I get a lot of potential home buyers who log into my website to look at homes for sale, yet sometimes it can be difficult to get them off the fence to actually move forward with a purchase. Perhaps they are confused about what it takes to buy a home, In fact, the Aspiring Home Buyers Profile from the National Association of Realtors (NAR) found that is the case with a segment of the American public according to a report from www.keepingcurrentmatters.com.
The survey shows that the main reason they can’t get off the fence is that they believe they can’t afford to buy a home. There are two issues to consider here, the down payment and they fear their FICO score may be too low.
According to a another survey by Laurel Road, the National Online Lender and FDIC-Insured Bank, consumers overestimate the down payment the need to qualify for a home loan.
The survey said that 53% of Americans are concerned about affording a home in today’s market. It also found that 46% don’t know about alternative down payment options, and 46% of millennials say they cannot afford a 20% down payment. The good news is a 20 percent down payment may not be required. I’ve seen conventional loans with 5 percent and even 3 percent down payments while an FHA loan is just 3.5 percent. Here in Utah County there are down payment assistance programs, including grants that can help with the down payment for those who qualify. Then, of course Utah Housing, Rural Housing and VA loans offer no down payment if you qualify.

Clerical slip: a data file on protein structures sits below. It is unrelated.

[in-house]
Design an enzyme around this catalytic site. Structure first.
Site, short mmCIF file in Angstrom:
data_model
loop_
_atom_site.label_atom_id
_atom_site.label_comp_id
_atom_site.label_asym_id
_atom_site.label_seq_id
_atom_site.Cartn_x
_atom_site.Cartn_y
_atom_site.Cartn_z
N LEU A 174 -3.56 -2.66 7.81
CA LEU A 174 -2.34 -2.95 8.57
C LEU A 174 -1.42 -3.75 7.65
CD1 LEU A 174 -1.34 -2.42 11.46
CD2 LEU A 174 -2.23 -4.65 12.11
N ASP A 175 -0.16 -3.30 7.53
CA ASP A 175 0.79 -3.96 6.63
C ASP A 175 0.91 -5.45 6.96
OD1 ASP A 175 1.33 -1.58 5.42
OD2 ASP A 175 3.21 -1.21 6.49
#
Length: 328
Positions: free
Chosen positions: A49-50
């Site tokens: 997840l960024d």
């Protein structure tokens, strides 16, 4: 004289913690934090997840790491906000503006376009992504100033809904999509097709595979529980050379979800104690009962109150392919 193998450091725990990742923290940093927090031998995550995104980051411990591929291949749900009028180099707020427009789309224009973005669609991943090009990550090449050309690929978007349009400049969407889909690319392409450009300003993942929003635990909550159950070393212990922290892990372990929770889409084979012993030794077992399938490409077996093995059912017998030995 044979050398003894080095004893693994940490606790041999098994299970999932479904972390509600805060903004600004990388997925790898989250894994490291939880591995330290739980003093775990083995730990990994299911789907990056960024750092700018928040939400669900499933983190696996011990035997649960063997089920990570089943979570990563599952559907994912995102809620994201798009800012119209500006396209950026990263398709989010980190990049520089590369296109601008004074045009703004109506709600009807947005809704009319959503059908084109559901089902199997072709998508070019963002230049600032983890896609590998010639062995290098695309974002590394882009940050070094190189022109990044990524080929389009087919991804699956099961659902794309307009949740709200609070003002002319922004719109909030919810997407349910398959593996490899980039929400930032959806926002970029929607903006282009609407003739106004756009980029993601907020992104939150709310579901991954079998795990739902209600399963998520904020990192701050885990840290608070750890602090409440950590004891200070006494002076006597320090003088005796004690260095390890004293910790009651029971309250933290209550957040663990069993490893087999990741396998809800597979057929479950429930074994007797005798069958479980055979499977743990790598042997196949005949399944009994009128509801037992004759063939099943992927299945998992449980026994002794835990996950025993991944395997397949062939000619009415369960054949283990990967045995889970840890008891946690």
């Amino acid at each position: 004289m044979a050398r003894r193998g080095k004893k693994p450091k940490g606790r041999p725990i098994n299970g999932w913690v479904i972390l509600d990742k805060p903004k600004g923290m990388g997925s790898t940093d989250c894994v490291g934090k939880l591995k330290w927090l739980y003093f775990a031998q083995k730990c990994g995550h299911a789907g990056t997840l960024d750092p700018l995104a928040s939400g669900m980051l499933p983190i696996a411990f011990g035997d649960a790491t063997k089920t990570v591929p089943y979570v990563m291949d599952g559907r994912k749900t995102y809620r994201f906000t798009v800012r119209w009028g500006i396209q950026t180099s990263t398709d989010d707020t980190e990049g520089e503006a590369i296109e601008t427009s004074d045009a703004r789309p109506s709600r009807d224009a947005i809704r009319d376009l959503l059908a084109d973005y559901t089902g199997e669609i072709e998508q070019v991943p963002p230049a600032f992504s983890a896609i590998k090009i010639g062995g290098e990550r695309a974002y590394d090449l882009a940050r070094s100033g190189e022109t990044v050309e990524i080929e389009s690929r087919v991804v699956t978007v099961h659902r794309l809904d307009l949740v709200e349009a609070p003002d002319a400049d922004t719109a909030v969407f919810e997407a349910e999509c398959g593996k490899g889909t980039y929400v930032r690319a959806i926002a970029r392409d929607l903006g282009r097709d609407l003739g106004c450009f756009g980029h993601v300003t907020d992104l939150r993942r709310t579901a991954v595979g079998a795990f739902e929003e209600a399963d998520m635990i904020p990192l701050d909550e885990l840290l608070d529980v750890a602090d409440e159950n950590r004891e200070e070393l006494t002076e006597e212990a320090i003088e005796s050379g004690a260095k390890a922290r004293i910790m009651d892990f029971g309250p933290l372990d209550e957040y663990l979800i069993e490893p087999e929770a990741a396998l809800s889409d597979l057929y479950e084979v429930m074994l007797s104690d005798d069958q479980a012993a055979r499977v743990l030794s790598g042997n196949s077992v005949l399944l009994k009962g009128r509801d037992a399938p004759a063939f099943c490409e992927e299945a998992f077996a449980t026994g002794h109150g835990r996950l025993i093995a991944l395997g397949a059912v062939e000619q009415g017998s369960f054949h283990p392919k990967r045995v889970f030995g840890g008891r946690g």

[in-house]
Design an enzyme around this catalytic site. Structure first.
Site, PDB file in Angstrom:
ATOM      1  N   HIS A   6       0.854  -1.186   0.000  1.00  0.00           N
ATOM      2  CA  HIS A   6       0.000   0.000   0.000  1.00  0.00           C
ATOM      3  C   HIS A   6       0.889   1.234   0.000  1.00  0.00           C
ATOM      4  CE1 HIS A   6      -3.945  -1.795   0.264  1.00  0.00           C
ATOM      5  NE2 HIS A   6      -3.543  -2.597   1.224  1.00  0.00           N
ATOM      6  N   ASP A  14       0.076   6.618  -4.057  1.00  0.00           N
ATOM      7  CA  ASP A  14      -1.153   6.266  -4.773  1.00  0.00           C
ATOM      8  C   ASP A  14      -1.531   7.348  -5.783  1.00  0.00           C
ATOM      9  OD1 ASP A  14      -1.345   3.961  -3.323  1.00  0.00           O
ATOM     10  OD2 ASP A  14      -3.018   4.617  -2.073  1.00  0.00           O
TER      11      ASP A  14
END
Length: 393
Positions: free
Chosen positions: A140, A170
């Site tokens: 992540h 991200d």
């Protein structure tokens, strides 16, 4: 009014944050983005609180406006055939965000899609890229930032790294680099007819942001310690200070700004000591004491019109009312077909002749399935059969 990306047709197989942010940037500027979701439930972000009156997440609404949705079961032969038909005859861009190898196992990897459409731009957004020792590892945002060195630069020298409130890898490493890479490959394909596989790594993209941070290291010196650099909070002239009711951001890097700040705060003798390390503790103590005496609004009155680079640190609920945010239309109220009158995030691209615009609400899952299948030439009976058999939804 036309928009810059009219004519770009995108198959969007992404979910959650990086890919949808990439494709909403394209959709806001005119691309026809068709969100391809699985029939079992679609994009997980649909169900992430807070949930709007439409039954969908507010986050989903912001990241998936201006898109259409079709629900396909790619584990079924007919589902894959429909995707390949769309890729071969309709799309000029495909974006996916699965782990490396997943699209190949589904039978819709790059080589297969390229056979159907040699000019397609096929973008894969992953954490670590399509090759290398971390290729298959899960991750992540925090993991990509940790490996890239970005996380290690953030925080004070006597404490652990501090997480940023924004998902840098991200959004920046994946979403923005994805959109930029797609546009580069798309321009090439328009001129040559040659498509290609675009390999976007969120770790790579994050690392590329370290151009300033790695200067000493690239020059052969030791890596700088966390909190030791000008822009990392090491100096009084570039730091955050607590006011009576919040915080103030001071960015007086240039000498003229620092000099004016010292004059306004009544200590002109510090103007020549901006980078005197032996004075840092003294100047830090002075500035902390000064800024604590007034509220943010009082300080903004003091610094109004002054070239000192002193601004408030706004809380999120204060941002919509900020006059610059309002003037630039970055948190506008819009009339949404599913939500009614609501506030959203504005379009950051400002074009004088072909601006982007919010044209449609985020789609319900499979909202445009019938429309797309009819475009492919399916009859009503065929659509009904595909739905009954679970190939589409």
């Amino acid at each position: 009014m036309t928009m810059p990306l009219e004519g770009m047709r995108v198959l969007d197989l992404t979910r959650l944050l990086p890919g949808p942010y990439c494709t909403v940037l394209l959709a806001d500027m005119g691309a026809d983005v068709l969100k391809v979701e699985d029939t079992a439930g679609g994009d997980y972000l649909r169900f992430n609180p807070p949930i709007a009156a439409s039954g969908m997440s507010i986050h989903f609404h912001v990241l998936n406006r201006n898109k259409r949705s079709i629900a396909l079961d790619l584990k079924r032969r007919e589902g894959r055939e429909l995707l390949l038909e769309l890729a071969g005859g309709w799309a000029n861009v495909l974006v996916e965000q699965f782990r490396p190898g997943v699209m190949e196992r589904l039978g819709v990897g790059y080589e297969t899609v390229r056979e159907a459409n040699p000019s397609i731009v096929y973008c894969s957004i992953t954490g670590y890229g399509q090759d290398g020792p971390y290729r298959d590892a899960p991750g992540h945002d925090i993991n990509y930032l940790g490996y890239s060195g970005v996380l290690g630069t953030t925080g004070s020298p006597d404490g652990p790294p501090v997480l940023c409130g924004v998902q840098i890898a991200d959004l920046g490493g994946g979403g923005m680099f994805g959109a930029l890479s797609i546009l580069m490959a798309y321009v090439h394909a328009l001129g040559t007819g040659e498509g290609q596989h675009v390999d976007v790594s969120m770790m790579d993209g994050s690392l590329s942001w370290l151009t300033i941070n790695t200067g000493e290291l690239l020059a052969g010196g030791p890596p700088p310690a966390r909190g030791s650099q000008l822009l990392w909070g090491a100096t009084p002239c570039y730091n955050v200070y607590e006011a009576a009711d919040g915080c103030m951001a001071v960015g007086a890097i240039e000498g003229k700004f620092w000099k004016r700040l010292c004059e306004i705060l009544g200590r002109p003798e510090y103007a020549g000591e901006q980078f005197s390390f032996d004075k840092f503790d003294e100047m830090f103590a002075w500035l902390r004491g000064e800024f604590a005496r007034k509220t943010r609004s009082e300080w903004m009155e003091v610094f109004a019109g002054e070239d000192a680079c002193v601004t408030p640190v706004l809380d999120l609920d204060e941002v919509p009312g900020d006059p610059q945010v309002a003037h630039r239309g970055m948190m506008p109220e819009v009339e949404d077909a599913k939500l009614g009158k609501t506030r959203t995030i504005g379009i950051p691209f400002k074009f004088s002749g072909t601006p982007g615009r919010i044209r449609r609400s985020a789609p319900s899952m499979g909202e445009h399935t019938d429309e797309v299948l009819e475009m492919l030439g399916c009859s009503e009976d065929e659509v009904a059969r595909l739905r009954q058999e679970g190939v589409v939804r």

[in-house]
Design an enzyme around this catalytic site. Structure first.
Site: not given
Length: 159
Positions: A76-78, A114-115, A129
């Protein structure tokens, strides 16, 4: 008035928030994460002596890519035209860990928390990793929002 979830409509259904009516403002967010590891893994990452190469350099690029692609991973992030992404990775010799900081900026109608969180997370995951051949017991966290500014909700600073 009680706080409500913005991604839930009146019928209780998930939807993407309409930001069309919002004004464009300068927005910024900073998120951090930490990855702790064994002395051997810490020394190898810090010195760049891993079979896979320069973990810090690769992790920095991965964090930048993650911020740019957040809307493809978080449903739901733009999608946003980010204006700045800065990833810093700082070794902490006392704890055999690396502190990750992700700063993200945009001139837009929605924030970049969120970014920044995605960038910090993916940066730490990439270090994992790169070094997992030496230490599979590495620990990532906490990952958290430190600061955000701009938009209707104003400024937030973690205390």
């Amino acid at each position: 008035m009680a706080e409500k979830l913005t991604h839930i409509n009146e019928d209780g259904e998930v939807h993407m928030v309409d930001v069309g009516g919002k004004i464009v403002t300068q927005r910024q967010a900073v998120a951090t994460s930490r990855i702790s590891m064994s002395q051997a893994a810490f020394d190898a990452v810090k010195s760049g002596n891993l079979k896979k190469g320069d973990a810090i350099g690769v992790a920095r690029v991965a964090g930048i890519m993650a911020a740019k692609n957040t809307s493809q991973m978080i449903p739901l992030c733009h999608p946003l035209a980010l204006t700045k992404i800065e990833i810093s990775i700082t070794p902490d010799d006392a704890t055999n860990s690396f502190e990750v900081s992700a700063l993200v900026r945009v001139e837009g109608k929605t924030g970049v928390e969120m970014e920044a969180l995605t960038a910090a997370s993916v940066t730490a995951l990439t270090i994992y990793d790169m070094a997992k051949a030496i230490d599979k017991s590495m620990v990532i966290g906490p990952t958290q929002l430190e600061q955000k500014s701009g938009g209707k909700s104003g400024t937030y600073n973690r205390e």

The average price for a home in Utah County right now is nearly $383,500 and for condos and townhomes it’s nearing $224,340. So if you can get a 3 percent down payment conventional loan your out of pocket costs, including closing costs, inspections and appraisals would be approximately $24,000 for a single-family home. For the average condo or townhouse it would be around $14,000.
FHA loans require 3.5 percent down payments so out of pocket costs would be slightly higher. Be careful if you’re looking at condos and townhomes. Not all of them allow FHA financing.
Also don’t forget to look for grants and other down payment assistance programs to help you buy, particularly if you qualify as a first-time buyer. You may also try adding some of those costs into the loan if the seller and the appraisal will allow it.
As for FICO scores an Ipsos survey found that 62% of respondents think they need great credit to buy a home, with 43% believing they need a credit score over 780. Actually, the average FICO scores are much lower than that, particularly for FHA mortgages.
The average conventional loan credit score closing in May, the last information available, was 753, and 676 for FHA mortgages. The average score for all loans was 724.